I am presently an Assistant Professor of Philosophy in the English and Philosophy Department at Drexel University in Philadelphia, USA. Previously, I was the Editor of Metanexus: The Online Forum for Science and Religion at the Philadelphia Center for Religion and Science. From 1996-2000, I was at the Søren Kierkegaard Research Center at the University of Copenhagen, where I was employed as a guest researcher, lecturer, and translator. While in Denmark, I met with the Spontaneous Order of Life group at the Niels Bohr Institute and the Biosemiotics Group at the Institute for Molecular Biology.
I have a PhD in Biology (1994) as well as an MA (1994) and a PhD (1999) in Philosophy from the Pennsylvania State University.
My Biology PhD was on the population dynamics and genetics of E. coli among Mayan mothers and children of several villages of Campeche, Mexico. My work also included an anthropological and ecological analysis of the population dynamics.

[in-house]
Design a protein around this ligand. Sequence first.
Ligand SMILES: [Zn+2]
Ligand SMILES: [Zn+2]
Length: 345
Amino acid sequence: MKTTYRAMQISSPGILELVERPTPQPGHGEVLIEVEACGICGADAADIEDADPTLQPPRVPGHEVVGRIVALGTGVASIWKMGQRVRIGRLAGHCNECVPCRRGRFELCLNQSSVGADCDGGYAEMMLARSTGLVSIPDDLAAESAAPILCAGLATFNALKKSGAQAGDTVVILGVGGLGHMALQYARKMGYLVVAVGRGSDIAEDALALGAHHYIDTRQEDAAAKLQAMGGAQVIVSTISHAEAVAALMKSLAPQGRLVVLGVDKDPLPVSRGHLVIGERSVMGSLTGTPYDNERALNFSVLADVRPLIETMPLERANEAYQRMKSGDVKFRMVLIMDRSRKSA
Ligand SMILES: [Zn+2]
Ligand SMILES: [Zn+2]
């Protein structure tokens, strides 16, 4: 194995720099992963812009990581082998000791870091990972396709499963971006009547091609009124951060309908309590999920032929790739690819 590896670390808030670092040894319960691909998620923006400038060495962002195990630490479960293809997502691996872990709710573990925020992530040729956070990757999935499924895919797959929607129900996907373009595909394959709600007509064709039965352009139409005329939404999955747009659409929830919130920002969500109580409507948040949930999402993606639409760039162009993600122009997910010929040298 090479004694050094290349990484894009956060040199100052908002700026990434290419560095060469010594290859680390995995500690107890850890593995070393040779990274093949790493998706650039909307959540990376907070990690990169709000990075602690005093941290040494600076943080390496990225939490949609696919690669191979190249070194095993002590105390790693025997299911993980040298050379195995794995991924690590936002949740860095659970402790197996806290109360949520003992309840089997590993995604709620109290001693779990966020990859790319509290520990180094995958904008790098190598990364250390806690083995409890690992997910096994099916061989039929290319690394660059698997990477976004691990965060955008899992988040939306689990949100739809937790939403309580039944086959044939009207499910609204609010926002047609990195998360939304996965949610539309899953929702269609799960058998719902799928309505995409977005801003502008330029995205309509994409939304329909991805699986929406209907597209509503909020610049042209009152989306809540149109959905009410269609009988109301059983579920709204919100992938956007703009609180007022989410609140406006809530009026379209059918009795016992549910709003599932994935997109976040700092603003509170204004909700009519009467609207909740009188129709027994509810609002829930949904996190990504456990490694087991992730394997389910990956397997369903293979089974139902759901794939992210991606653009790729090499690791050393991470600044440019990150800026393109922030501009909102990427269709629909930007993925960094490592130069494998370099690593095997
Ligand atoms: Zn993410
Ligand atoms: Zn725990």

My Philosophy PhD was on the evolution of human consciousness--both phylogenically and ontogenically, beginning with the Edelman's notion of neural Darwinism, the language theories of Peirce and Percy, and the existential theologies of Kierkegaard and Bonhoeffer. My Master's was on the conceptions of evil in the life and work of American Semiotician C. S. Peirce.
I have taught philosophy courses such as Aesthetics, Bioethics, Existentialism, Epistemology, Ethics, Philosophy of Film, and Philosophy of Science at St. Vincent College in Latrobe, PA, USA, the University of Delaware, Newark, DE, USA, and at Denmark's Independent Study Program at the University of Copenhagen. I have also taught Anatomy and Introductory Neuroscience at Philadelphias University of the Arts.
In my philosophical work, I am attempting to show continuity from the biological to the spiritual in the evolution of human consciousness while simultaneously trying to keep the tension of discontinuity. The relationship between language and consciousness, with its moral or ethical implications, is my major area of interest as I find interstitial areas to be the richest and most inviting.
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